Keeping the“ Human” in Human Resources During a Pandemic

Casey Voigtlaender
Human Resources Manager

As a new season approaches it feels as though we have stepped into the new normal that is living and working during a pandemic. If you just examined day-to-day life at the Ranch, not much has changed; however, many steps have been taken in the last six months to keep the community safe. As we all know, March was a pivotal time for the COVID crisis and looking back, there was much we did not know and many decisions that needed to be made. As the severity of how quickly the virus was spreading became clear, the Ranch entered unprecedented times with the rest of the world.

The first couple of weeks into the crisis were a bit touch and go. Lots of information was passed around but at the same time, there were a lot of unknowns. The Ranch quickly shifted to prioritize limiting exposure to the virus. Almost half of Spring Lake Ranch’s staff were asked to work remotely, personal and professional visitors were not allowed, new sanitizing and cleaning protocols were put in place, and the frontline staff remaining on-site rallied together to support each other and residents that were now sheltered from the outside world.

As the staff on the Hill stepped up and into new, diverse roles, the remote staff worked to set up their home offices and figure out ways to communicate from afar. As a whole, we adapted (and sometimes fumbled) our way through inconsistent internet connections and video conferencing so that everyone could stay connected and remain a part of the community.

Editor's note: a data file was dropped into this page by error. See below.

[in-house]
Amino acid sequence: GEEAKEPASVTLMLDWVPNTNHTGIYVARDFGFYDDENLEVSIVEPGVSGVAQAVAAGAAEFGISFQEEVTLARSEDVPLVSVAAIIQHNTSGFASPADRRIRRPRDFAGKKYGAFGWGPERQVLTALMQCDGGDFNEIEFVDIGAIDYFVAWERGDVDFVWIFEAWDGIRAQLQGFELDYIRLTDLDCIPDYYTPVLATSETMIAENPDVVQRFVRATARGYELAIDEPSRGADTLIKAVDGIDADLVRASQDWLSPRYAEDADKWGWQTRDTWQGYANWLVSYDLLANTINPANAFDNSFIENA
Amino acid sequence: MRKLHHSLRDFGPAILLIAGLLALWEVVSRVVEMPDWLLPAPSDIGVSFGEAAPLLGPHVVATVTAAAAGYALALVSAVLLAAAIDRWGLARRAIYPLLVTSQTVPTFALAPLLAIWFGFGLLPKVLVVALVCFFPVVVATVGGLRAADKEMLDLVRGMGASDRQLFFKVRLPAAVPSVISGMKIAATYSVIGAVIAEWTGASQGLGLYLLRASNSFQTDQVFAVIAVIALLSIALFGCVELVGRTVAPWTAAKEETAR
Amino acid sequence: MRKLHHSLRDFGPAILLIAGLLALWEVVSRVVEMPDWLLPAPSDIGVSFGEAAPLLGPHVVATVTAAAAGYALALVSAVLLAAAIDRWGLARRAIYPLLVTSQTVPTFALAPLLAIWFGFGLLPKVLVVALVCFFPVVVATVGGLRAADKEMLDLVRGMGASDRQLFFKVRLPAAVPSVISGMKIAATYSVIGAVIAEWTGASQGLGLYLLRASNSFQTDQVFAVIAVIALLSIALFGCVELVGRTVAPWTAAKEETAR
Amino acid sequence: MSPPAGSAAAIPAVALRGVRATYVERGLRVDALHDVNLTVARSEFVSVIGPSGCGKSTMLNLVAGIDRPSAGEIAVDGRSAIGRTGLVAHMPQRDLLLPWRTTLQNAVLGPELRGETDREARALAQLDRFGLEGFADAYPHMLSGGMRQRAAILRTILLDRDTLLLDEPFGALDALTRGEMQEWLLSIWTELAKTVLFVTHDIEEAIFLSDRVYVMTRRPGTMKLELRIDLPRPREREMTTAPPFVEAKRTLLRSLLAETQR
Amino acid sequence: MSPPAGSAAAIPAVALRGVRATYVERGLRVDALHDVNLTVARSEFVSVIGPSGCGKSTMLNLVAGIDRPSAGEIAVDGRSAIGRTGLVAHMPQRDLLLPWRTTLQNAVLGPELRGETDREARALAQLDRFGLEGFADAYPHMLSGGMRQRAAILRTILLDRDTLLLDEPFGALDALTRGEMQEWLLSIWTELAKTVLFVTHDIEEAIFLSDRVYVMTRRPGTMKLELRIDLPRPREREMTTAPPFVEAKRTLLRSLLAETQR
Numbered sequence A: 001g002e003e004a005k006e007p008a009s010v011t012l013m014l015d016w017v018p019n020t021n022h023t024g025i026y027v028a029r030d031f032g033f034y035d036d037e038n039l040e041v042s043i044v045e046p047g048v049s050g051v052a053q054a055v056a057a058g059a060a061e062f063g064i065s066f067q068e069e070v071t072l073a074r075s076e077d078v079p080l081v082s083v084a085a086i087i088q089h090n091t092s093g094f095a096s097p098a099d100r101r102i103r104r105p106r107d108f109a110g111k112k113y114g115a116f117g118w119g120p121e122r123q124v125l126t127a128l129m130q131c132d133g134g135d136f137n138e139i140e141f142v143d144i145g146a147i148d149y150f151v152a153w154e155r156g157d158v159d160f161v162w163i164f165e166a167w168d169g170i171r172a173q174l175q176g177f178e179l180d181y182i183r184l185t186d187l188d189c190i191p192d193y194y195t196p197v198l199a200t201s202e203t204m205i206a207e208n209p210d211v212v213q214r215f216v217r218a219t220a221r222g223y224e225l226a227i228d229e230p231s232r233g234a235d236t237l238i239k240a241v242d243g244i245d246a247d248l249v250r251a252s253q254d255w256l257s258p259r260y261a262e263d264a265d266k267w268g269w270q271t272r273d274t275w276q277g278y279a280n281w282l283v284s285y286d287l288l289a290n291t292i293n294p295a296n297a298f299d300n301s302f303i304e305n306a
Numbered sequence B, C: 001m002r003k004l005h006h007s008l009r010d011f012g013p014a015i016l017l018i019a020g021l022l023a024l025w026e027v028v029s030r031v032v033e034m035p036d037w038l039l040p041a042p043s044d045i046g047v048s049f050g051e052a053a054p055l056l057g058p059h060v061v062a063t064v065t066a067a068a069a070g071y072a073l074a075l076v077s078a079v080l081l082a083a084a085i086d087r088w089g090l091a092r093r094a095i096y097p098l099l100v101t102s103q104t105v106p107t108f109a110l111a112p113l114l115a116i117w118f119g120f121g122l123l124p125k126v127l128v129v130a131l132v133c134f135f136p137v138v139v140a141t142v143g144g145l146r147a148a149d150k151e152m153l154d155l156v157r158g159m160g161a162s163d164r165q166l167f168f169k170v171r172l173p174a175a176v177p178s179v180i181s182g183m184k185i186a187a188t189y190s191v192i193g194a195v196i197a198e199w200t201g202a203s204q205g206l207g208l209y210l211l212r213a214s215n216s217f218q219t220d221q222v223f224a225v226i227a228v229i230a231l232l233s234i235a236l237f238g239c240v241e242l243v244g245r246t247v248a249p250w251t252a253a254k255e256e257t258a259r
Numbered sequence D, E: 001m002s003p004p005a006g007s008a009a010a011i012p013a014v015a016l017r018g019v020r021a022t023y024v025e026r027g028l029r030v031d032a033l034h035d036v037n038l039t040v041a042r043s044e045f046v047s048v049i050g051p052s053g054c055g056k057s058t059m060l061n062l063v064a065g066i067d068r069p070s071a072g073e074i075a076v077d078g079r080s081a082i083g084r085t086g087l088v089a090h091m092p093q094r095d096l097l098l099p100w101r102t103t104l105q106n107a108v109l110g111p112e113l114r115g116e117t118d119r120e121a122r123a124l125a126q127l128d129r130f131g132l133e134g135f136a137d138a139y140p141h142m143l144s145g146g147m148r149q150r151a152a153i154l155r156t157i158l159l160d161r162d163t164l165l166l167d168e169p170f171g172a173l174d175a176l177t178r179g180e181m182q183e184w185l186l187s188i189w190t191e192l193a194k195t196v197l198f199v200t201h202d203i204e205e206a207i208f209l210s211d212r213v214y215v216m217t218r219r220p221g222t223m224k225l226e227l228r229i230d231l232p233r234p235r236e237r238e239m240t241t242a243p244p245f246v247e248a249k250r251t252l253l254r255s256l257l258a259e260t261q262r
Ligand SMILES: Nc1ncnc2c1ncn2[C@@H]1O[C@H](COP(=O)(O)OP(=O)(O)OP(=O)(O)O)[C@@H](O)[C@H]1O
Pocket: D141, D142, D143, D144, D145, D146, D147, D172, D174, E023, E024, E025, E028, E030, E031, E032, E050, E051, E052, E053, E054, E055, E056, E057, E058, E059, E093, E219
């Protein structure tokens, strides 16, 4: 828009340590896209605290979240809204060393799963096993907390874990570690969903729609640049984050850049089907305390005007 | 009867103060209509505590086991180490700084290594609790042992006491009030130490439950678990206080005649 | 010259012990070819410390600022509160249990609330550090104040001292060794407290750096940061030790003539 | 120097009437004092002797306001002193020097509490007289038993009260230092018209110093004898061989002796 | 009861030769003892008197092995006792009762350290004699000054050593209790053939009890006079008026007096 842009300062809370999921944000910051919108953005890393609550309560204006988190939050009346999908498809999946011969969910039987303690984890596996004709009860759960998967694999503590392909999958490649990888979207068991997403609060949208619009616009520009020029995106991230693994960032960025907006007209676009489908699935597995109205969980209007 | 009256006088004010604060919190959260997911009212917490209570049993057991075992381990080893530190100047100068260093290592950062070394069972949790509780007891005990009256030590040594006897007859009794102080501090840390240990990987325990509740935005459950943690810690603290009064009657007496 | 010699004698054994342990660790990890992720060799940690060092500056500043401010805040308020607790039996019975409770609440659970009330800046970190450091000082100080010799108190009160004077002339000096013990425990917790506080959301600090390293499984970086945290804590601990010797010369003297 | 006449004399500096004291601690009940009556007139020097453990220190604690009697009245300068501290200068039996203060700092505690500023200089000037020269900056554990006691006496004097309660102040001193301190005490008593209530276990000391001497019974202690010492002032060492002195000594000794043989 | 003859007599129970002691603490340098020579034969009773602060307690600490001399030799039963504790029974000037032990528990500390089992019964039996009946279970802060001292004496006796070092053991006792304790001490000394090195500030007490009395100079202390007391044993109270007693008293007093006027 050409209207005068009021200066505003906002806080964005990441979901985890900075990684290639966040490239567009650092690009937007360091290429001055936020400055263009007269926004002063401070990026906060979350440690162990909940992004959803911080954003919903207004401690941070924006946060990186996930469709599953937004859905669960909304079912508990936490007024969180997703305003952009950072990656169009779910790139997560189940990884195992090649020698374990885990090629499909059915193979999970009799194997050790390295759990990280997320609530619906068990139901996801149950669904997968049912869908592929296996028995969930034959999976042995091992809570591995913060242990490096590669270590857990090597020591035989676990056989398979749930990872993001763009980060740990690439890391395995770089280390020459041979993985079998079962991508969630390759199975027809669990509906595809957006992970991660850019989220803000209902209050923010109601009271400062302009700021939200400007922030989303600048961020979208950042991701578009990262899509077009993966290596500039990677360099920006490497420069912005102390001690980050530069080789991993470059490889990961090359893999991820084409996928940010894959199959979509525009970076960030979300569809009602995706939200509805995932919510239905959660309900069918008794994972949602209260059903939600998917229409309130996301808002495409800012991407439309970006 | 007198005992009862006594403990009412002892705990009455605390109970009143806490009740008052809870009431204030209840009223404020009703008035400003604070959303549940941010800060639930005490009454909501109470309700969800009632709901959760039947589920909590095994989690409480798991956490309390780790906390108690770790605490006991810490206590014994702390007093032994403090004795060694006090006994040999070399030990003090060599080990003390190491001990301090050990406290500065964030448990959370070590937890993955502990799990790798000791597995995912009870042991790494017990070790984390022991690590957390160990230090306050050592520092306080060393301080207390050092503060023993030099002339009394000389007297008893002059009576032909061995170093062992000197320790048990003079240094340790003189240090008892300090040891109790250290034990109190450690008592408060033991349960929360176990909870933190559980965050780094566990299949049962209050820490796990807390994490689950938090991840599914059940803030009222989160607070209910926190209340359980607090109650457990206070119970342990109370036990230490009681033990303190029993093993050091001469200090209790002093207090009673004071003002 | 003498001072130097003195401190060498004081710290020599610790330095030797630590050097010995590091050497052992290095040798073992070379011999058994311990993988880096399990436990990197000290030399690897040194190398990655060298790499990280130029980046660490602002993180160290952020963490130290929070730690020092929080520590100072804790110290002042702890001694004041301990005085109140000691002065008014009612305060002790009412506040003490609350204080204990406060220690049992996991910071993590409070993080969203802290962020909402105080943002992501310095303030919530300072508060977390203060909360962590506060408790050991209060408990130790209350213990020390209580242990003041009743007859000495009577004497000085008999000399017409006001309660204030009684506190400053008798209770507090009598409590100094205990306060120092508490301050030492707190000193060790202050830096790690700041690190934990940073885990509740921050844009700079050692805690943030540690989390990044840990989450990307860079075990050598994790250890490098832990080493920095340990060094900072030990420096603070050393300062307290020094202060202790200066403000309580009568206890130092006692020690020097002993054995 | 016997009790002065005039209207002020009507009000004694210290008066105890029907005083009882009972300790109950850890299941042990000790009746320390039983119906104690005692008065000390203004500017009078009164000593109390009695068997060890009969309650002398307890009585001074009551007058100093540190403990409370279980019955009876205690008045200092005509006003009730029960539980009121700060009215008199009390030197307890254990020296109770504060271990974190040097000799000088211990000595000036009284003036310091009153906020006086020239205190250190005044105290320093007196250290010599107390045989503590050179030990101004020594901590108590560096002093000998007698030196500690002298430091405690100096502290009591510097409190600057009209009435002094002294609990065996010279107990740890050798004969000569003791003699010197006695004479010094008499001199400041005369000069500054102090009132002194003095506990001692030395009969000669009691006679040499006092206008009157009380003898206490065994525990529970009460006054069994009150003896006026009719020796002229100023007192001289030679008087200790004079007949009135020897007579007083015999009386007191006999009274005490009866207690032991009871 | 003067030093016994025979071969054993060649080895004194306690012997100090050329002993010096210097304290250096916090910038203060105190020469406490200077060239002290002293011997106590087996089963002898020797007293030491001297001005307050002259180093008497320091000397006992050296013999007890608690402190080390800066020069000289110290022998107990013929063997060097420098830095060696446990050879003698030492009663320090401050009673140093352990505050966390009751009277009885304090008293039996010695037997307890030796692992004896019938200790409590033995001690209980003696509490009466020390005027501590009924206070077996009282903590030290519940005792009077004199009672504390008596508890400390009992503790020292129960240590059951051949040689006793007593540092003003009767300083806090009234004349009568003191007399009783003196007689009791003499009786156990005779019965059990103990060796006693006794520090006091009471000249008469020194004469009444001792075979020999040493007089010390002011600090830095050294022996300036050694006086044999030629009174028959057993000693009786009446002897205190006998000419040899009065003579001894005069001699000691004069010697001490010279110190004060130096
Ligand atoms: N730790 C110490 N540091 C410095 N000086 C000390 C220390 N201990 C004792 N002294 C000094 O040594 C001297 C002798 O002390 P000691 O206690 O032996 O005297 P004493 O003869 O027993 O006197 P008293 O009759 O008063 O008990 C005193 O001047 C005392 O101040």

Working in Human Resources during this time has been eye-opening. As the state and federal governments scrambled to put together guidelines, regulations, policies, and new relief programs, those of us in HR were tasked with navigating, applying, and supporting employees through all the changes and incoming information. We moved quickly to implement policies that provided extra paid sick leave and paid time off to care for family members, to implement guidelines on how to safely interact with each other and for people to return to work, and to apply for grants that would compensate the essential workers on the frontline during the height of the virus.

It has been remarkable to see our staff’s ability to roll up their sleeves and band together during this extraordinary, challenging time. If nothing else, COVID-19 has exposed the resiliency and adaptability of our staff and reaffirmed the importance of our mission to provide a place for people to grow, thrive, and participate in community.

Six months into this pandemic – wearing masks, social distancing, incorporating remote work, and limiting our individual exposure is the new normal. Although there are still many unknowns, our priority continues to be the health and safety for our staff and residents. As a community, we are so fortunate to value shared experiences. I’m confident we will only get stronger as we navigate the path forward.

CARF Accredited: Spring Lake Ranch programs are CARF accredited. The CARF accreditation signals our commitment to continually improving services, encouraging feedback, and serving the community.

Spring Lake Ranch is a member of the American Residential Treatment Association (ARTA). ARTA members are dedicated to providing extraordinary care to adults with mental illness.